Sodium in water

Noah Landiault, a grade 11 student, captured this photo during a lab on the periodic trends. A small piece of sodium was added to water. The result is a nice yellow sodium flame as well as the watch glass being slightly lifted as the gases escape. Noah was in Philip Stoesser’s class at St. Theresa’s High School in Midland, Ontario. Afterwards,
phenolphthalein was added to the solution and the gas was tested with a burning splint. If you do not do this demo, show your students this photo and have them discuss the underlying chemistry.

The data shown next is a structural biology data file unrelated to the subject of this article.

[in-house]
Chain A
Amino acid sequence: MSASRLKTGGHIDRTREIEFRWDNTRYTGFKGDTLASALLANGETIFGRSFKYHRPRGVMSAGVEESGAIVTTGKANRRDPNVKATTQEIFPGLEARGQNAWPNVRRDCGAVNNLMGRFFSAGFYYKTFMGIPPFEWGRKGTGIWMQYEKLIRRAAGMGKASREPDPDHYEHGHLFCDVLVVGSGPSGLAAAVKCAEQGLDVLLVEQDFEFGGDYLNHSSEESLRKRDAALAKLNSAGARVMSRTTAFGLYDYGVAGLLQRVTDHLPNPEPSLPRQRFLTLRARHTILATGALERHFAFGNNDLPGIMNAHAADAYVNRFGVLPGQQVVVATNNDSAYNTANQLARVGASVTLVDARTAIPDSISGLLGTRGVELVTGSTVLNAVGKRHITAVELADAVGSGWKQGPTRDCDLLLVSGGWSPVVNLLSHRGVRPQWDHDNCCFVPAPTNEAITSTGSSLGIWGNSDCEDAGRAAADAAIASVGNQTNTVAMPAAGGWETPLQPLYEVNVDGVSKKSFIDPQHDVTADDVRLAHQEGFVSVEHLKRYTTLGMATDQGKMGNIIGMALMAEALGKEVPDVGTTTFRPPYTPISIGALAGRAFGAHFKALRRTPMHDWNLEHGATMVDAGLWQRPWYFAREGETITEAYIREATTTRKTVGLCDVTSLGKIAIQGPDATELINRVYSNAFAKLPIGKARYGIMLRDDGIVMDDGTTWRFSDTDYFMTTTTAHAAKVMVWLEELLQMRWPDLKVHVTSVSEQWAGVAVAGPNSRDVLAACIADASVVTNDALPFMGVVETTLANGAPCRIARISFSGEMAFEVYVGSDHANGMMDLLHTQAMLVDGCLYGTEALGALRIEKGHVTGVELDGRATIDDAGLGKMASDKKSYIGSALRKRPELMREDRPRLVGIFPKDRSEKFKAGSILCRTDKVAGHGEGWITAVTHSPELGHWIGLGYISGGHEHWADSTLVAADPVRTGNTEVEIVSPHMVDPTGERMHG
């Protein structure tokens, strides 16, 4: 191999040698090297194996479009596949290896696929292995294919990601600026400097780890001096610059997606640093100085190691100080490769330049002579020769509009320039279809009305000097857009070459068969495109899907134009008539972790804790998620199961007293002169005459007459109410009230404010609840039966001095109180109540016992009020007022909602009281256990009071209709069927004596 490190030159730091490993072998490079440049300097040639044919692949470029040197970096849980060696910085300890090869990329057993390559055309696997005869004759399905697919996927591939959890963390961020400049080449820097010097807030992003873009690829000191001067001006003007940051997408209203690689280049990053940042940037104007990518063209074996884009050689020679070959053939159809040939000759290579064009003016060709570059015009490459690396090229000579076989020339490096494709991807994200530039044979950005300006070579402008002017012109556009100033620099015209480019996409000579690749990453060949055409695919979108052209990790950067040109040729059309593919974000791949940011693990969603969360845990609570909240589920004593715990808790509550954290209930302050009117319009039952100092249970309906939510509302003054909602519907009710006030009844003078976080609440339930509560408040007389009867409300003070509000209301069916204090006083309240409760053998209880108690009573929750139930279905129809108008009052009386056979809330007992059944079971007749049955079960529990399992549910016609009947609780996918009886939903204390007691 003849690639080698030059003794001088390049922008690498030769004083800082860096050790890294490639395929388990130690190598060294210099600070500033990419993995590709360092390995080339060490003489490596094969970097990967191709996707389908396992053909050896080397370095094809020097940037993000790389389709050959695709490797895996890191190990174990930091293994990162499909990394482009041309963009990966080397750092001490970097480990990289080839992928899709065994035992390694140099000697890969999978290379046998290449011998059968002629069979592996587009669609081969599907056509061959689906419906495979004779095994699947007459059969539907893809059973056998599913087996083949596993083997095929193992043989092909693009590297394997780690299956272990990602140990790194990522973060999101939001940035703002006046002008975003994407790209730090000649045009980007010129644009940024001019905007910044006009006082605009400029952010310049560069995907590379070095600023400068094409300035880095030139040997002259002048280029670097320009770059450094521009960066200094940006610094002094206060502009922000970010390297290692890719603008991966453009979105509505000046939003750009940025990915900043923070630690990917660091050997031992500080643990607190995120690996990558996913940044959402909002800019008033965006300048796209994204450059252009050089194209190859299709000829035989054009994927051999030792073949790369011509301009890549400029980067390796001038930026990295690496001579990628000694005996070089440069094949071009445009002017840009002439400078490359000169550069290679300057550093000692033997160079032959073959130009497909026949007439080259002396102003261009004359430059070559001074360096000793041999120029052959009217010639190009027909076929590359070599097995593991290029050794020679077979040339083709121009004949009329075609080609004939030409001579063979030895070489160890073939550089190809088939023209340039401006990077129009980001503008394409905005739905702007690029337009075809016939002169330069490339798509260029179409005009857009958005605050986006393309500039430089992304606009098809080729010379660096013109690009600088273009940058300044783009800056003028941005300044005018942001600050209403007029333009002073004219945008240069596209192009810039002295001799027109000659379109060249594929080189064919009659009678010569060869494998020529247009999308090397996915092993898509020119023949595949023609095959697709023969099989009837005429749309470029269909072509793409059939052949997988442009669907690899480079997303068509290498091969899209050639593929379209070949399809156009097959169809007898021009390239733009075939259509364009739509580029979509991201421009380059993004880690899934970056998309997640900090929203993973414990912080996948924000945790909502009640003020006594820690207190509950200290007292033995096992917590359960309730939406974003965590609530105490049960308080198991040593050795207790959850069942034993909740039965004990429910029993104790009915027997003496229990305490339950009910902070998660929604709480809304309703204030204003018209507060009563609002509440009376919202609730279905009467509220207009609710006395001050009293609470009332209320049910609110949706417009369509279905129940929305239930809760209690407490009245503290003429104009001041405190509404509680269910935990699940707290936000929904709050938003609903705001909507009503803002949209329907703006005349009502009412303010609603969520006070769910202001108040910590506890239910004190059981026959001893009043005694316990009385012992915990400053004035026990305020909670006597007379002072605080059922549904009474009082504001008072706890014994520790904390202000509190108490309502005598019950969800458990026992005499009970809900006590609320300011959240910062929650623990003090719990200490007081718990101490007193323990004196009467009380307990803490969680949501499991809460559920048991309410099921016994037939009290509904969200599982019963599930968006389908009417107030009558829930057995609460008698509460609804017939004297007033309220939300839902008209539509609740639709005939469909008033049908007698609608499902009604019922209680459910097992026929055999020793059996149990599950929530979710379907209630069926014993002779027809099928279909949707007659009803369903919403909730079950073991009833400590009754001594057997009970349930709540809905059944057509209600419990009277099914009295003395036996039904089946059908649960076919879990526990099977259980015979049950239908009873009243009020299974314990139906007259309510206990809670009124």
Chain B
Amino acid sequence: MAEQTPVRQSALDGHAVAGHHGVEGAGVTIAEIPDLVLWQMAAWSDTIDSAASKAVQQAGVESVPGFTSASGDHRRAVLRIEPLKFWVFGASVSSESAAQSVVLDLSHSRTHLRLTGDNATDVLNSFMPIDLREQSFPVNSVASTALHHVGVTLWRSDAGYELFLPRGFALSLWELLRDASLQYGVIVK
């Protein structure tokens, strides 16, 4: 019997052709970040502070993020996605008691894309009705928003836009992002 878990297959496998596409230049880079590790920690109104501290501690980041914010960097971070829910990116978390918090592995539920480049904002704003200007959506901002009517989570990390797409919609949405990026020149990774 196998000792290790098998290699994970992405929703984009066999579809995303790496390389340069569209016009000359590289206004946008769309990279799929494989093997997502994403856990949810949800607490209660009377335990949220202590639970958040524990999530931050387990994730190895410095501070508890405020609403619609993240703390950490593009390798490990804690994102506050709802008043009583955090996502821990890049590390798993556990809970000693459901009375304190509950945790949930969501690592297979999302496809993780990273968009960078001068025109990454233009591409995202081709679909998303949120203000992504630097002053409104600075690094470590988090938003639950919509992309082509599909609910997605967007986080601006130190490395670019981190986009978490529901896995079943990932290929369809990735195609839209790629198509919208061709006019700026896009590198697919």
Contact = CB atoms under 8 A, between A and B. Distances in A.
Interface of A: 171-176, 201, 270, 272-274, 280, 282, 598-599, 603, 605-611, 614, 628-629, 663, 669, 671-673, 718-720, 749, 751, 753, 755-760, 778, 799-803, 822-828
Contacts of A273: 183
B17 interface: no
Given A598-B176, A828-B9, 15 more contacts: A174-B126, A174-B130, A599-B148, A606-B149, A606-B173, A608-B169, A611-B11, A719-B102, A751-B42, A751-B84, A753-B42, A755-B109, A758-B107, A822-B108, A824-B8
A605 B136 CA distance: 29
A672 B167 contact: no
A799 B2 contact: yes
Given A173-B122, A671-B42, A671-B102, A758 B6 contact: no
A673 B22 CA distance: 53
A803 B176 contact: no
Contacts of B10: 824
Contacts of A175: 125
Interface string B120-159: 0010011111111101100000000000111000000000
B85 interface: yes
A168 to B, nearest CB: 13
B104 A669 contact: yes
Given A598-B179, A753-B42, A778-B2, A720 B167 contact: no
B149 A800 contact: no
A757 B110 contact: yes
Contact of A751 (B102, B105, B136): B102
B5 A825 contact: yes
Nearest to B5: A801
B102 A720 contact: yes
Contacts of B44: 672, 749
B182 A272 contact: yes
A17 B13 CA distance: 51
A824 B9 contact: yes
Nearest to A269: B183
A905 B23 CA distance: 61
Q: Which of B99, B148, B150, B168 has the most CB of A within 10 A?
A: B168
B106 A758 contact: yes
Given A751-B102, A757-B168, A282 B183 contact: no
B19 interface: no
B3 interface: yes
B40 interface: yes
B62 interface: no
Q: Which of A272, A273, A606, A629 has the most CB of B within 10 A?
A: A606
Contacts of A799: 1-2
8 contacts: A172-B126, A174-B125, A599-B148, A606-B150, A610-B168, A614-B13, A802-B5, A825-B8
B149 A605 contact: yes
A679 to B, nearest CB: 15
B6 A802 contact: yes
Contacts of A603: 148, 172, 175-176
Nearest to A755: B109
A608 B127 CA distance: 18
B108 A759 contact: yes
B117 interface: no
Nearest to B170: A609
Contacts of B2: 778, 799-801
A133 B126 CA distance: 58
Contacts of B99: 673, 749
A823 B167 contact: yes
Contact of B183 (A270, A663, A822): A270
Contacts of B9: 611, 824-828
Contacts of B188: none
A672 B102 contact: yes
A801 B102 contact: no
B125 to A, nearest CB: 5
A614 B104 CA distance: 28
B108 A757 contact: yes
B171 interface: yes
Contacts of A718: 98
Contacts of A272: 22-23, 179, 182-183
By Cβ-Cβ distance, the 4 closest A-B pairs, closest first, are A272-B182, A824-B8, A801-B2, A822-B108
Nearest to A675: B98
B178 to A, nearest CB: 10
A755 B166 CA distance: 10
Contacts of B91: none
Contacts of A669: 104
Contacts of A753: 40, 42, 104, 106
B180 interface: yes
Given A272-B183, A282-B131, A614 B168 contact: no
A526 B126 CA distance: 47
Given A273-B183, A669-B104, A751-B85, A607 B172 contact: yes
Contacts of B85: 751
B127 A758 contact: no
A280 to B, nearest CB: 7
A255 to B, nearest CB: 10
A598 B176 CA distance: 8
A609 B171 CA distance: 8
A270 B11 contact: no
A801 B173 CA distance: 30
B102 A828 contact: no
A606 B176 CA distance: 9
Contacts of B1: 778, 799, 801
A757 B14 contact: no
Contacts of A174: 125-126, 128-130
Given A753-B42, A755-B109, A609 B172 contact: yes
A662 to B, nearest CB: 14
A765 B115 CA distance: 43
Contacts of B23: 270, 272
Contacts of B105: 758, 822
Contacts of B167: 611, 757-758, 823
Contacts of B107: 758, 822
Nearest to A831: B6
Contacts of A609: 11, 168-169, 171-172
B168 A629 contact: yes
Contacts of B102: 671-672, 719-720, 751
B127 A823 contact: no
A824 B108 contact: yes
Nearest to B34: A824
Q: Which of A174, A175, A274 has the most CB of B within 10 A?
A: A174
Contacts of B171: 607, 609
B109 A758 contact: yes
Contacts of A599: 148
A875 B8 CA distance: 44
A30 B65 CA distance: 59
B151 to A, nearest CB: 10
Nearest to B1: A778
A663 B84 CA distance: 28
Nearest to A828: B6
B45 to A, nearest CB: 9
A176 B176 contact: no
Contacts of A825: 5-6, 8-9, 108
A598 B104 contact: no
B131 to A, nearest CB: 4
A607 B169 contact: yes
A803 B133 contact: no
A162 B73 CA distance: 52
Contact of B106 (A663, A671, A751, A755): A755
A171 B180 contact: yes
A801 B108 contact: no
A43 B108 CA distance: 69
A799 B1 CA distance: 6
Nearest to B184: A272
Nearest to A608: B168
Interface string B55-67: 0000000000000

The flaming photo on the front cover shows the classic high school demonstration of sodium metal reacting with water. Philip Stoesser also had his students test for evidence of a reaction. Noah snapped this photo. 

The phenolphthalein was in the flask before the sodium was added to the water so the solution turned pink as the reaction proceeded. The hydrogen gas produced caused the flaming splint to “pop”. Evidence of condensation can be seen on the side of the flask. 

a bright pink solution in a flask with a glowing splint